David L. Donoho
Donoho at the ICM 2018
Born (1957-03-05) March 5, 1957 (age 66)
Los Angeles, California, United States
NationalityAmerican
Alma materHarvard University
Princeton University
AwardsShaw Prize (2013)
Gauss Prize (2018)
Scientific career
FieldsStatistics
InstitutionsStanford University
UC Berkeley
Doctoral advisorPeter J. Huber
Doctoral studentsEmmanuel Candès
Jianqing Fan

David Leigh Donoho (born March 5, 1957) is an American statistician. He is a professor of statistics at Stanford University, where he is also the Anne T. and Robert M. Bass Professor in the Humanities and Sciences.[1] His work includes the development of effective methods for the construction of low-dimensional representations for high-dimensional data problems (multiscale geometric analysis), development of wavelets for denoising and compressed sensing. He was elected a Member of the American Philosophical Society in 2019.

Academic biography

Donoho did his undergraduate studies at Princeton University, graduating in 1978.[2] His undergraduate thesis advisor was John W. Tukey.[3] Donoho obtained his Ph.D. from Harvard University in 1983, under the supervision of Peter J. Huber.[4] He was on the faculty of the University of California, Berkeley, from 1984 to 1990 before moving to Stanford.

He has been the Ph.D. advisor of at least 20 doctoral students, including Jianqing Fan and Emmanuel Candès.[4]

Awards and honors

In 1991, Donoho was named a MacArthur Fellow.[5] He was elected a Fellow of the American Academy of Arts and Sciences in 1992.[6] He was the winner of the COPSS Presidents' Award in 1994. In 2001, he won the John von Neumann Prize of the Society for Industrial and Applied Mathematics.[7] In 2002, he was appointed to the Bass professorship.[2] He was elected a SIAM Fellow[8] and a foreign associate of the French Académie des sciences[9] in 2009, and in the same year received an honorary doctorate from the University of Chicago.[1] In 2010 he won the Norbert Wiener Prize in Applied Mathematics, given jointly by SIAM and the American Mathematical Society.[10] He is also a member of the United States National Academy of Sciences.[2][11] In 2012 he became a fellow of the American Mathematical Society.[12] In 2013 he was awarded the Shaw Prize for Mathematics.[13] In 2016, he was awarded an honorary degree at the University of Waterloo.[14] In 2018, he was awarded the Gauss Prize from IMU.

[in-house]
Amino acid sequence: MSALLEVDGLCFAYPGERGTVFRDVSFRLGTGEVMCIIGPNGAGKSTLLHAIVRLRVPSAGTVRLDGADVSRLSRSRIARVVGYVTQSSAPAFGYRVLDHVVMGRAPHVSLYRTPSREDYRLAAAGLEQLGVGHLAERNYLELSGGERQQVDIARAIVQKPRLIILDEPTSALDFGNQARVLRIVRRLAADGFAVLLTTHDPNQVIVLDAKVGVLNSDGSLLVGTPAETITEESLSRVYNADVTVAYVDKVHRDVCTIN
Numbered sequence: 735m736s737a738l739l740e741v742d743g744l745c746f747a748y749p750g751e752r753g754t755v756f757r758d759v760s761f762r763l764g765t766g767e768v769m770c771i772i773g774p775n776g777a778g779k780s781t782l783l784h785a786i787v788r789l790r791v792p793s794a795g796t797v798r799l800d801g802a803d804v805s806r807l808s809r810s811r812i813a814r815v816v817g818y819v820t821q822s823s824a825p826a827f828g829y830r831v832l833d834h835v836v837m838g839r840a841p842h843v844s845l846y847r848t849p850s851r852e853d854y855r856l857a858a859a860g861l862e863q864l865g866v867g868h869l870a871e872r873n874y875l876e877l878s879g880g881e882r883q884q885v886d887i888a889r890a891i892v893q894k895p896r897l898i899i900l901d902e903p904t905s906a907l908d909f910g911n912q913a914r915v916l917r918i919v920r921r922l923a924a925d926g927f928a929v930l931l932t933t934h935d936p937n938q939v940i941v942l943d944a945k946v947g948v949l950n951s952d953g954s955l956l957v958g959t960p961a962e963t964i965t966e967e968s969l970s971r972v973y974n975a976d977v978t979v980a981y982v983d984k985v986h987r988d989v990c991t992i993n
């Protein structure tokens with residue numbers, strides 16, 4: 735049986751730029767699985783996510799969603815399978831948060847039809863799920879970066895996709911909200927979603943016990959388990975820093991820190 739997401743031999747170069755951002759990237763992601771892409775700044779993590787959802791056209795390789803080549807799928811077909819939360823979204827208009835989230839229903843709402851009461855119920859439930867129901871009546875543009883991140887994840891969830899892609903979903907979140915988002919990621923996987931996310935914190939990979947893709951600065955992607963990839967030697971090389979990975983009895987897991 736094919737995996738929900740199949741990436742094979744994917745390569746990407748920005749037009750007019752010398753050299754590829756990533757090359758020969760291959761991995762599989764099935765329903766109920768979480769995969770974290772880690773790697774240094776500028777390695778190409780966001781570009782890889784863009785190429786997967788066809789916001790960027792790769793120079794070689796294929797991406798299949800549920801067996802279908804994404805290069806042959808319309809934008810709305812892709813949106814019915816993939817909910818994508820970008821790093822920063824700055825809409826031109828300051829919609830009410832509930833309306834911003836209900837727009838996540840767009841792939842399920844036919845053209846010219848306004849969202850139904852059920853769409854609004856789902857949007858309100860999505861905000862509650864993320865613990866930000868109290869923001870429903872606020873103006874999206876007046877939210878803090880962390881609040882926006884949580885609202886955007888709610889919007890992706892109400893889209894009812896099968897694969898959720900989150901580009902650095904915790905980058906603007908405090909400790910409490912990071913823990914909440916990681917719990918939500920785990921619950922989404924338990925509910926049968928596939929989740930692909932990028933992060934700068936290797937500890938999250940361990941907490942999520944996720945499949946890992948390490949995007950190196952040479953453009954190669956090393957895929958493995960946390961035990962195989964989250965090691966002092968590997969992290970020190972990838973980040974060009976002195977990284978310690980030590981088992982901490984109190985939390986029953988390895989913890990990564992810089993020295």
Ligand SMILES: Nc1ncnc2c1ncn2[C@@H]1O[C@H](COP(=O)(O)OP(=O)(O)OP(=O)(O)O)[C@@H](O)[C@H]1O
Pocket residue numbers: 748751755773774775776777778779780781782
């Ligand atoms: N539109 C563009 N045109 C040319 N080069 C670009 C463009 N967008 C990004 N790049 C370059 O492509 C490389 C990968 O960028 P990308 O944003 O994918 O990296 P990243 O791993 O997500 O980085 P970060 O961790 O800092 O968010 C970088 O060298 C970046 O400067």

See also

References

  1. ^ a b David L. Donoho Receives Honorary Degree, AMSTAT News, American Statistical Association, December 1, 2009.
  2. ^ a b c Twelve professors honored with appointments to endowed chairs, Stanford Report, May 29, 2002.
  3. ^ "2010 Norbert Wiener Prize" (PDF). American Mathematical Society. Retrieved July 2, 2012.
  4. ^ a b David Leigh Donoho at the Mathematics Genealogy Project.
  5. ^ Teltsch, Kathleen (June 18, 1991), "Newark Priest Wins a 'Genius' Award", The New York Times.
  6. ^ "Book of Members, 1780–2010: Chapter D" (PDF). American Academy of Arts and Sciences. Retrieved April 7, 2011.
  7. ^ The John von Neumann Lecture, SIAM, retrieved February 9, 2010.
  8. ^ SIAM Fellows, retrieved February 9, 2010.
  9. ^ "Actualités 2009 à l'Académie des Sciences". Archived from the original on May 4, 2010. Retrieved February 10, 2010.
  10. ^ David Donoho Receives 2010 AMS-SIAM Wiener Prize in Applied Mathematics, American Mathematical Society, January 14, 2010.
  11. ^ Profile Archived July 10, 2018, at the Wayback Machine as a Clay Mathematics Institute Senior Scholar, retrieved February 9, 2010.
  12. ^ List of Fellows of the American Mathematical Society, retrieved November 10, 2012.
  13. ^ "2013 – Shaw Laureates – The Shaw Prize". Archived from the original on July 10, 2018. Retrieved July 9, 2013.
  14. ^ "- Fall 2016 honorary and award recipients – University of Waterloo". Archived from the original on November 7, 2016. Retrieved November 7, 2016.